Rutgers alum awarded world's premier history prize
Stephanie Jones-Rogers, a Rutgers alum and the chancellor's professor of history at the University of California, Berkeley, was recently awarded the Dan David Prize, often considered the world's largest history award.
Jones-Rogers received the award in recognition of her research on the legal, economic and social connections between women and slavery, according to the press release.
She was selected for the prize as part of an annual cohort of nine history scholars, each of whom was presented with a monetary award of $300,000 by the Dan David Committee.
Jones-Rogers said her first book, "They Were Her Property: White Women as Slave Owners in the American South," focused on the economic power that white women exerted over the institution of slavery.
She said she examined archived interviews of formerly enslaved people to understand their perception of white women who owned slaves and how these women engaged or benefitted from slavery.
The autobiographies and testimonies of formerly enslaved people were collected and preserved through a federal government initiative that occurred between the 1920s and the 1940s, according to the Library of Congress' website.
"The book really kind of traces white women's relationships to slavery and to enslaved people from the time they were little girls until the Civil War basically (severed) those relationships," Jones-Rogers said.
She said she has been currently working on her second book, "Women of the Trade," which focuses on Britain's involvement in the trans-Atlantic slave trade and explores the experiences of English, African and mixed-race women.
Jones-Rogers said she believes that the Dan David Prize demonstrates the impact of her work on this section of history and its wide-ranging value for people not familiar with the subject.
"I just want people to recognize how vital history — the study of the human past — is to our present," she said. "It does, in fact, help us to understand what we're dealing with in the present moment … I hope that people come away from my research feeling like that connection is an important one."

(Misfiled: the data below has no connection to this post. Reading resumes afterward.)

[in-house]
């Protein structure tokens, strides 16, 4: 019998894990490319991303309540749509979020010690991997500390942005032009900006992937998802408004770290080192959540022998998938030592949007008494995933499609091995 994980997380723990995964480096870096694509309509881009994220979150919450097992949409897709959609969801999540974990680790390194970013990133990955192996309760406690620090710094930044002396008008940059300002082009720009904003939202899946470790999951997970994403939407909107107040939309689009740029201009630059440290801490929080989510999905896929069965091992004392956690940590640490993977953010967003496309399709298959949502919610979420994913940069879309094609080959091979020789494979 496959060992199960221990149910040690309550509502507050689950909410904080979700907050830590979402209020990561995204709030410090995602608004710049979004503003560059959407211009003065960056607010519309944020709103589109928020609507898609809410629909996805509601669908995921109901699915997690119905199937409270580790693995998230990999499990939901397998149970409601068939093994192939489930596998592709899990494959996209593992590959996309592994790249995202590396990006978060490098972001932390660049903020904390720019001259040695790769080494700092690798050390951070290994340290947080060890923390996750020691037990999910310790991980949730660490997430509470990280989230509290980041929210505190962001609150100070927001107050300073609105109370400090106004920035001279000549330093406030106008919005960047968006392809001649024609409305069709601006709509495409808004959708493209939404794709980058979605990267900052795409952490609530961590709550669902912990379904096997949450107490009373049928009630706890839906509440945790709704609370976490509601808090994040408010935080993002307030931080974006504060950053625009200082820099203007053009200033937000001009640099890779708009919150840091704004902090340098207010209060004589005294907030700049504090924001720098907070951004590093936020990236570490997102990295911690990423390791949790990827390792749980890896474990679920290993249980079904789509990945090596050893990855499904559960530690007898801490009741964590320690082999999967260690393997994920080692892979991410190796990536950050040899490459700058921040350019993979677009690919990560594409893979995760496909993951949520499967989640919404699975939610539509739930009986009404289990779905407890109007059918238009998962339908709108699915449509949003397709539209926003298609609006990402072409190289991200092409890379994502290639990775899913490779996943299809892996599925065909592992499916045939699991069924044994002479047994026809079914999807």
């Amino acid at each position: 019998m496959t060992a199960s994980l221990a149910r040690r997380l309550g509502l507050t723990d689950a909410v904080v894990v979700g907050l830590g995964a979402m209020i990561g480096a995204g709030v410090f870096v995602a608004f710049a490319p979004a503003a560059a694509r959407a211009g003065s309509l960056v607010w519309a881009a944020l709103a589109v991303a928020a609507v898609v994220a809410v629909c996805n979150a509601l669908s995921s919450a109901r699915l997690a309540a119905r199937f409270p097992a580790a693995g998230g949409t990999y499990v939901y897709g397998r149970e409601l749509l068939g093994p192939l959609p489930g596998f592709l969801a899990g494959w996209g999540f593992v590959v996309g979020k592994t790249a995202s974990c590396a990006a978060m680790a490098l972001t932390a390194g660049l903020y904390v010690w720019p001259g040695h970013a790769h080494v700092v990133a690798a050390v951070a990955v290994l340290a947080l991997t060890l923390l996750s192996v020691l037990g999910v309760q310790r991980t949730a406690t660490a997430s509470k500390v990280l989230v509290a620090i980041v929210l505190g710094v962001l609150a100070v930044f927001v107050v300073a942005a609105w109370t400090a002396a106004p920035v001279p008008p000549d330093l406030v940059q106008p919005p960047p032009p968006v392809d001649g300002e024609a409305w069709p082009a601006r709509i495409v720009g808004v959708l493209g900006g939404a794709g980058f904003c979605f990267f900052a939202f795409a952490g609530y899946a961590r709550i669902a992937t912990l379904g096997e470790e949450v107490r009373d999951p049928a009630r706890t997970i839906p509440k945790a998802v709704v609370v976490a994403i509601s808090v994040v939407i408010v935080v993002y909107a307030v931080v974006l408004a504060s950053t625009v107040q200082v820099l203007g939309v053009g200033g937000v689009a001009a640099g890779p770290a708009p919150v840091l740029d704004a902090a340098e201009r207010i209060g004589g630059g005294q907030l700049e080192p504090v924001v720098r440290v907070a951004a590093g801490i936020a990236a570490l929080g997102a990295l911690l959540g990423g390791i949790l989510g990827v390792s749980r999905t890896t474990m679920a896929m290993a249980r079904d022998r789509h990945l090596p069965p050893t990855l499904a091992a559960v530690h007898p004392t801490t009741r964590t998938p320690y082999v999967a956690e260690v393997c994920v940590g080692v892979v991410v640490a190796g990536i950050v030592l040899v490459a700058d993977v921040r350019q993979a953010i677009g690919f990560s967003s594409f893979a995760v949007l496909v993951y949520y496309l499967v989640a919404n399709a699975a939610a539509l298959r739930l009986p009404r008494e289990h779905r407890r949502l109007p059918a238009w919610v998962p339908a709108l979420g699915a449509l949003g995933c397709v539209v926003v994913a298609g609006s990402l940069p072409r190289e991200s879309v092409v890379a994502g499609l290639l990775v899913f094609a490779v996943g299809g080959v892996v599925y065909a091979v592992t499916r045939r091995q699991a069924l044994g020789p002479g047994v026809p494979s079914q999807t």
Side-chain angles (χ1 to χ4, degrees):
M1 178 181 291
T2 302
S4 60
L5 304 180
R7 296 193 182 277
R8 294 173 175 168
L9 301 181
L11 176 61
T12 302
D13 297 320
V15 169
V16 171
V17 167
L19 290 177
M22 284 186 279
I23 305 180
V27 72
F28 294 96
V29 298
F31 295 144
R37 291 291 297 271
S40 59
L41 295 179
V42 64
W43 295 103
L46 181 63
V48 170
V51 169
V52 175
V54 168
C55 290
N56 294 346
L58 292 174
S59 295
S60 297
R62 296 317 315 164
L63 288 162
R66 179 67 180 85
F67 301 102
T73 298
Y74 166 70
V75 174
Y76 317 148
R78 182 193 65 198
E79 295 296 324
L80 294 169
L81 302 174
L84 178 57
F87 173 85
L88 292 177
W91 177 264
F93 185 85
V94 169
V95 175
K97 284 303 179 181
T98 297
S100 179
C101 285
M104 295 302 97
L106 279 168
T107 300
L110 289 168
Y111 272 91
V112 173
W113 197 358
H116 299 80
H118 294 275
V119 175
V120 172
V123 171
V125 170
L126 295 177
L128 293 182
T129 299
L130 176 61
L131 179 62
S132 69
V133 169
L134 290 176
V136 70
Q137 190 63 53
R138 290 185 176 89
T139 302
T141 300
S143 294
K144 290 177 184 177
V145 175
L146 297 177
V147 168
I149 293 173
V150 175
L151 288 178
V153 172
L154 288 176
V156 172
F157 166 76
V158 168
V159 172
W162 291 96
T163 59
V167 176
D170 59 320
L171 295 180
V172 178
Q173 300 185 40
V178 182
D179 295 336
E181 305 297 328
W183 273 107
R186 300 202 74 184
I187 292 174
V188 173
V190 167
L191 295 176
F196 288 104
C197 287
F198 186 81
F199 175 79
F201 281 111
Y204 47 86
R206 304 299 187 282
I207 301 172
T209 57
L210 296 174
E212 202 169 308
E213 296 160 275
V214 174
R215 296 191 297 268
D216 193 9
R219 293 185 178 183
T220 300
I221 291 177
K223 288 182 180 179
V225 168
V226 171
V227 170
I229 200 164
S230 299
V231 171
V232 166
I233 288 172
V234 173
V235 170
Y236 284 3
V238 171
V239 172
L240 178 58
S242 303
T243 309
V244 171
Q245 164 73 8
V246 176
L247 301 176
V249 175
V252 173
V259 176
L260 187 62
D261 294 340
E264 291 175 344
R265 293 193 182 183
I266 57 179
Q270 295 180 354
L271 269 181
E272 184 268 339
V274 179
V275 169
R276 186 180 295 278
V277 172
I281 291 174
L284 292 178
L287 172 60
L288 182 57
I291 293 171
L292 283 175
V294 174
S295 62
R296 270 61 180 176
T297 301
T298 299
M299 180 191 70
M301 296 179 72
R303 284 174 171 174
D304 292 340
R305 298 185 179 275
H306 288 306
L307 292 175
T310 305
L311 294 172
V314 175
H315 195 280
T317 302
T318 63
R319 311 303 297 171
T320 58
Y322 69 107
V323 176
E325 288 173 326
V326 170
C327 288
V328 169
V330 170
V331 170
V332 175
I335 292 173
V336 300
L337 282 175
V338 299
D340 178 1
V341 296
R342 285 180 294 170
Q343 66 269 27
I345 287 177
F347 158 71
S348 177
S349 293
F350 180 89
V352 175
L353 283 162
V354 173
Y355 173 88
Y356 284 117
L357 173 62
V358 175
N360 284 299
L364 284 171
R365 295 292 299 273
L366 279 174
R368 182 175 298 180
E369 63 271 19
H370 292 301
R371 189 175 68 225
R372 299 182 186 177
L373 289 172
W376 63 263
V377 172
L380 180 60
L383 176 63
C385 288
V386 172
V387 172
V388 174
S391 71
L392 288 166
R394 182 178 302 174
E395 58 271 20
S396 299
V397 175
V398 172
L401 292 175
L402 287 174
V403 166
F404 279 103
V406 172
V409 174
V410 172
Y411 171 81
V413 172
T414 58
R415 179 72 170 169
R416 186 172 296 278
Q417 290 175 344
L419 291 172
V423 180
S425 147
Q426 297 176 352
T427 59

Jones-Rogers said she plans to use the prize money to help fund future research expeditions to West Africa, London, the East Coast of the U.S. and the Caribbean.
Her interest in the narratives of formerly enslaved people through the perspective of women originated during her undergraduate years at Rutgers. During this time, she completed elective courses related to history and women's and gender studies outside of her psychology major, she said.
After being an undergraduate at Rutgers, Jones-Rogers said she pursued a master's degree and doctorate at the University due to the resources it offered for her and her family, including family housing and a supportive community of historians.
"Rutgers was the perfect fit for me," Jones-Rogers said. "(While attending Rutgers,) it was really the scholars first and then the resources that made my life possible — made it possible for me to study and to still take care of my family."
Regarding current students on campus with similar aspirations, she said she would advise them to keep moving forward and persisting despite the obstacles and problems they might face.
"Just keep pushing. Keep pushing in spite of what the road may look like. It may lead you to the career of your dreams," she said.